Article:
“Is it wrong, professor,” Snape asked, “to want to be recognized, appreciated, and perhaps even respected? All I have ever known in this place are fair-weather friends, sideways glances, stifled whispers and outright ridicule. In that mirror I see the first glimmer of a life as a wizard who is great, who is powerful, confident and able. Is it wrong to aspire to such things, Professor?”

            “To have ambition,” Dumbledore replied, “is just fine, Severus, but not at the expense of honor and humility. It is always better to heal with a whisper than to rain down curses – even on your greatest of enemies.” Dumbledore approached Snape tentatively, maintaining his warm expression. He put both hands on Snape’s shoulders and looked so intently into his eyes Snape felt that Dumbledore could see right through him. 

“Dear Severus,” Dumbledore continued, “power in our world comes from knowing you can smite down your enemies with a glance and choosing to champion mercy and justice over vengeance.  It comes from knowing you possess the power to exact that vengeance and not needing to flaunt it; not having to prove anything. The moment your focus strays from being content in having power to having to prove it to yourself by deed, you become vulnerable; vulnerable to all manner of dark forces and easy prey for those who ally themselves with them.”

Dumbledore looked uncharacteristically grave as he took a step back. The smile was fading from his face. His much more serious expression now held Snape transfixed. Dumbledore began to speak again, and his words pierced Snape like a thousand steely daggers. “When that happens, Severus, when your anger starts to do your thinking for you, you will be all too easily seduced.” Dumbledore went and sat in a large comfortable chair next to a tall bookcase. He looked physically and emotionally spent.  Snape was at a loss for words and was finding it harder to meet Dumbledore’s eye. After a long moment of contemplative silence, Dumbledore continued.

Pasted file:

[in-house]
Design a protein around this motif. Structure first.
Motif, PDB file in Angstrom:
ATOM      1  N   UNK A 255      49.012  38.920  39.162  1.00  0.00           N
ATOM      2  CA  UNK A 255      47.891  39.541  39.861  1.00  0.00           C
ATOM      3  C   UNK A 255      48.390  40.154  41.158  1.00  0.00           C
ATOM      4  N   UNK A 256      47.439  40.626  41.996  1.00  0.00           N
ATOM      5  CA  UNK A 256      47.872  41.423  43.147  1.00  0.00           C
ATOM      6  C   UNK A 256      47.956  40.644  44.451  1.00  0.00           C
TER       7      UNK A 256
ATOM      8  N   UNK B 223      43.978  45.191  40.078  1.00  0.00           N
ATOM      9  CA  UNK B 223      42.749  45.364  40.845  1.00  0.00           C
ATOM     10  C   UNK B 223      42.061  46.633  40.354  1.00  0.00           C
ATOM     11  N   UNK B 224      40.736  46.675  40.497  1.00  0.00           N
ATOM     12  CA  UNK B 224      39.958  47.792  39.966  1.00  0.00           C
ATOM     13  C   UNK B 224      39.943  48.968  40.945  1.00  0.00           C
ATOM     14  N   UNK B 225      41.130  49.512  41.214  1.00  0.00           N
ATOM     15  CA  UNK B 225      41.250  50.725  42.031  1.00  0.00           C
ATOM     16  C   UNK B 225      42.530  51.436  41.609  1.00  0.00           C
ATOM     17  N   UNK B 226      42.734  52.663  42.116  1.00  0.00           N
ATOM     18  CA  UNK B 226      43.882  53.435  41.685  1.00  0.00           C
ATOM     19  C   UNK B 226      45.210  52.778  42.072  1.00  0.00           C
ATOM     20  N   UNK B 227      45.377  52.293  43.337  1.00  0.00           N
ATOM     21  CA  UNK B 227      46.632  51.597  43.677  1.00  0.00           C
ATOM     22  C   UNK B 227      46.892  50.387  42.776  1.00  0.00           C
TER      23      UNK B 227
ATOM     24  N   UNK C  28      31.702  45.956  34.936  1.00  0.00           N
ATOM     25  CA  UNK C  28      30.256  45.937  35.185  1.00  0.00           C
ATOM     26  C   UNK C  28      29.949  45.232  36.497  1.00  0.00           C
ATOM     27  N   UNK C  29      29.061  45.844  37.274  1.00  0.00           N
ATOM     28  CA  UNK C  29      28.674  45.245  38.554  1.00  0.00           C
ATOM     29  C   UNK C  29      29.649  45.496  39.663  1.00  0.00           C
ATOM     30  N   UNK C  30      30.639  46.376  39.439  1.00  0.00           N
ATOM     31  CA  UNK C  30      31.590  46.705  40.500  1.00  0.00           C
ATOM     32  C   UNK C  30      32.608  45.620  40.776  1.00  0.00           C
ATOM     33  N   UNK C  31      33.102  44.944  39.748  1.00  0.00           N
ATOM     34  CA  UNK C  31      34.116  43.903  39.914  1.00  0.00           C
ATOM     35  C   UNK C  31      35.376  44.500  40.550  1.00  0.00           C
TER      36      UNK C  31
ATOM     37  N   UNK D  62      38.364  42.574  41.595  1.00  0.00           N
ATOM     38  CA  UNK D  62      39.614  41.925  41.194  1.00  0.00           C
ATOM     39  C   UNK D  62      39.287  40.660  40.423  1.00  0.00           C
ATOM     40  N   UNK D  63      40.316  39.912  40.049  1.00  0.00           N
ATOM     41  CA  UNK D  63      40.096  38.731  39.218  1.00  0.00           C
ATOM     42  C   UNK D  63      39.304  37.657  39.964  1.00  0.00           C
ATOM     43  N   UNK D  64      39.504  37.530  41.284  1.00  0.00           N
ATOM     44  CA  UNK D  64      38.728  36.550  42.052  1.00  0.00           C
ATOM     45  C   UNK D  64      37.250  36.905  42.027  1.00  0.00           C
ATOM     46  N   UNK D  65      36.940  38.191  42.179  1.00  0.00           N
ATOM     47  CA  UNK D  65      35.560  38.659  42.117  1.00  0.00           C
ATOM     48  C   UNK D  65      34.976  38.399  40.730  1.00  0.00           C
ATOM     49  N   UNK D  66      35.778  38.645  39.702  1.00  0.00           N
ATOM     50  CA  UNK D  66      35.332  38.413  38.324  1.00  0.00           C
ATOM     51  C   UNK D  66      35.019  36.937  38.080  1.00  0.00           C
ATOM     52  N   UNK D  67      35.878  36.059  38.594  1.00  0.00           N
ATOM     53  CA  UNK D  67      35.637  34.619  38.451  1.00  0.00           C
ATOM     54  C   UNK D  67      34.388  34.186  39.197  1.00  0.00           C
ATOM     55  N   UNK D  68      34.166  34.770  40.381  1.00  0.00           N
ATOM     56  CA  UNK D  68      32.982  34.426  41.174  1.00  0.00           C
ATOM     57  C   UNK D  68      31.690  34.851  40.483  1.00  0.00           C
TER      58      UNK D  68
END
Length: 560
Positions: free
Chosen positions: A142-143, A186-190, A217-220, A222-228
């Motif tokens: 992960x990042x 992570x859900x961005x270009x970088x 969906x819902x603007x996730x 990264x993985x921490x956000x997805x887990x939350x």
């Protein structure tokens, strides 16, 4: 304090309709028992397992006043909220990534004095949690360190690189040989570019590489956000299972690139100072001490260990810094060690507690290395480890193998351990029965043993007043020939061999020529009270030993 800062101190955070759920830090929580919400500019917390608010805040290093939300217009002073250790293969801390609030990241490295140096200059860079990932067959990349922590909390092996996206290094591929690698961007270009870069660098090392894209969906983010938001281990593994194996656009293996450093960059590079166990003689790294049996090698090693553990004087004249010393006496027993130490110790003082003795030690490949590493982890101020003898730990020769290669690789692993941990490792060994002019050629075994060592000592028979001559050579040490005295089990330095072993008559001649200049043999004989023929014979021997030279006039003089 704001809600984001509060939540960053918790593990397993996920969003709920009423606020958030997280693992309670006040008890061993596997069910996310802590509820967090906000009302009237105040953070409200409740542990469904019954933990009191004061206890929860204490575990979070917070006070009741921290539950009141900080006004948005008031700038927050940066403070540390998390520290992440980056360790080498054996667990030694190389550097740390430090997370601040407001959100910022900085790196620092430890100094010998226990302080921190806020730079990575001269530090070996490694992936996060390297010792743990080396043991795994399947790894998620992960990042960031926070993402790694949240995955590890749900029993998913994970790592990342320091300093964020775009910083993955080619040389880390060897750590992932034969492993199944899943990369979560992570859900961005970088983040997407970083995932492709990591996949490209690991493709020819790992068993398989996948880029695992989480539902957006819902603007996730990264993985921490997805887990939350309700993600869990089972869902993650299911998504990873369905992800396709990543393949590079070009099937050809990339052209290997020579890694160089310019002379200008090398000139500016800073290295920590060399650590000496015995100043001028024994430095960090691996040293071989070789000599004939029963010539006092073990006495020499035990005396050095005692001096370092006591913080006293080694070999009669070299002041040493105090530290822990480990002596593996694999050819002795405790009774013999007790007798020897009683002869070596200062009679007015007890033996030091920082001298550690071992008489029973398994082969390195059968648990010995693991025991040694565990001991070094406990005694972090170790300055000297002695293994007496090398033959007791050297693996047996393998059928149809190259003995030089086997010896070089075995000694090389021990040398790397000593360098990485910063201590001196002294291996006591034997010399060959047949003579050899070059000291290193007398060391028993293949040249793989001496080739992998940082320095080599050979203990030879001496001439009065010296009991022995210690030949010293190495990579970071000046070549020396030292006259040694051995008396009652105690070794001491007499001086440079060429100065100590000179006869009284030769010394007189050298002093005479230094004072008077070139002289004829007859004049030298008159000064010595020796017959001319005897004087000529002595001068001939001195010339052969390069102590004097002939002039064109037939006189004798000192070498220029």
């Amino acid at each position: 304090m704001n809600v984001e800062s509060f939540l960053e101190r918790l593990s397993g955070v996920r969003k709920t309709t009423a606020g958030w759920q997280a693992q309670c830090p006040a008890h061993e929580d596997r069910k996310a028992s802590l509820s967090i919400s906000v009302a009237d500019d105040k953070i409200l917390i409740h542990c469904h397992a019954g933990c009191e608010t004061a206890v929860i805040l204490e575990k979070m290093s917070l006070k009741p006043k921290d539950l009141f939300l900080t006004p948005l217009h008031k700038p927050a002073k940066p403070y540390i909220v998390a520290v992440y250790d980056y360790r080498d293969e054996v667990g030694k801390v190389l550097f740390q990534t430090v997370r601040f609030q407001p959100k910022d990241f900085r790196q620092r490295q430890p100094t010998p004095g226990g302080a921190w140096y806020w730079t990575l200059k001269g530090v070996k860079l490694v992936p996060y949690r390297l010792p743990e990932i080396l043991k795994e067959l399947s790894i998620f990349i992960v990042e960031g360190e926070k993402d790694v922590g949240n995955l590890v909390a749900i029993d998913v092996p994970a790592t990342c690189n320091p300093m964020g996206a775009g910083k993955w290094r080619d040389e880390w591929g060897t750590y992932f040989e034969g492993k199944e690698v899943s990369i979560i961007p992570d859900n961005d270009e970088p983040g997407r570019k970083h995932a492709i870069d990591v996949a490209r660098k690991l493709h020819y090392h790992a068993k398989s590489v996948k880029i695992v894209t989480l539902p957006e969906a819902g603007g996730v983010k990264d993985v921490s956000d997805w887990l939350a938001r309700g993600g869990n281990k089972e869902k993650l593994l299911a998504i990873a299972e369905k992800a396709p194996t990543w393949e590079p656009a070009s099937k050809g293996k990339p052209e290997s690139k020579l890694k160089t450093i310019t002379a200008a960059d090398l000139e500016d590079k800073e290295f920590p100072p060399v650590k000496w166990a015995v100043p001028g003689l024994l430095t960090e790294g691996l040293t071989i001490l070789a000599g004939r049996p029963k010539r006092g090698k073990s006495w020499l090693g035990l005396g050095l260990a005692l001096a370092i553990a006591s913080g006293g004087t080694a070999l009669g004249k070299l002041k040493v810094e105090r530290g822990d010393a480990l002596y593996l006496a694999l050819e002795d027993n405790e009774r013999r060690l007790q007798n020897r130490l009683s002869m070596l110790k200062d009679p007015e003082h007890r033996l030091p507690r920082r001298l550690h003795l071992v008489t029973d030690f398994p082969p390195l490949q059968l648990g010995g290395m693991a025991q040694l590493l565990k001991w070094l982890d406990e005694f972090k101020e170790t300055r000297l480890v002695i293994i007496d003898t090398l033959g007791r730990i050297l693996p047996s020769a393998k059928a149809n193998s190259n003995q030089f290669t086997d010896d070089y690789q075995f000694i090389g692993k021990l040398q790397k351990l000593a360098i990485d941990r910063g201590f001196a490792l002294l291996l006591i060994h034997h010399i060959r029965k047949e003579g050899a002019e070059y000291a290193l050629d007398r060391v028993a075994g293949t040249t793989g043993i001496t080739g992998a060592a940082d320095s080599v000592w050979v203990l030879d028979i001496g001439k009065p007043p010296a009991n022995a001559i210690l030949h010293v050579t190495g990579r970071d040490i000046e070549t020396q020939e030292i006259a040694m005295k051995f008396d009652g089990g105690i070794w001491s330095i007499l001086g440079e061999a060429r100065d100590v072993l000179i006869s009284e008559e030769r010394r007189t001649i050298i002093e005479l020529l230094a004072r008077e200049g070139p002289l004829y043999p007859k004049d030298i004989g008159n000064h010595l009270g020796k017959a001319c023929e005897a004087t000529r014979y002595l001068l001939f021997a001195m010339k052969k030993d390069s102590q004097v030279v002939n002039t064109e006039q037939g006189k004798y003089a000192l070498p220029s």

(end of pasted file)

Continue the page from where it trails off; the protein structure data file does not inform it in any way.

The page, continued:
“You will know what greatness is someday, Severus.  It will not elude you forever. Choose your moments and your battles wisely and the power you crave will present itself in ways that are far more productive, resourceful and beneficial than in any gratuitous act.”

            With that, Snape was free to go. He very genuinely thanked his Headmaster for his overwhelming concern and promised to take it all to heart.  He still could not quite meet Dumbledore’s eye as he told him this. Over the next few days, these words would haunt him – so much so, in fact, that when the night of the next full moon came, Snape hadn’t even noticed.  He finished his homework in the common room like always and then realized that he was uncharacteristically tired.  Even as he noticed the hallways awash with moonlight earlier on, it didn’t faze him. Now, several hours later, he had collapsed into bed, fallen quickly and deeply asleep and, in an equally uncharacteristic manner, begun to dream.






            In his dream, Snape was looking out over a huge checkered landscape and realized that he was a chessman - a black pawn, to be exact - and almost directly across the board from him was James Potter, the white king.  As the game progressed, it appeared as if Snape had been forgotten. He watched the battle going on around him and throughout the entire game, James stood grinning arrogantly at him, almost daring him to advance.  Never before had Snape seen such devastation in a game of chess.  The other chessmen had been reduced to a pile of rubble around him and in a vain effort to check the king, a black bishop came to rest only a square away from James. James pulled his sceptre and crushed it into oblivion.  Now it was down to only James Potter and Severus Snape. Snape moved off his square and started advancing rather quickly on James, his pair of battle swords drawn.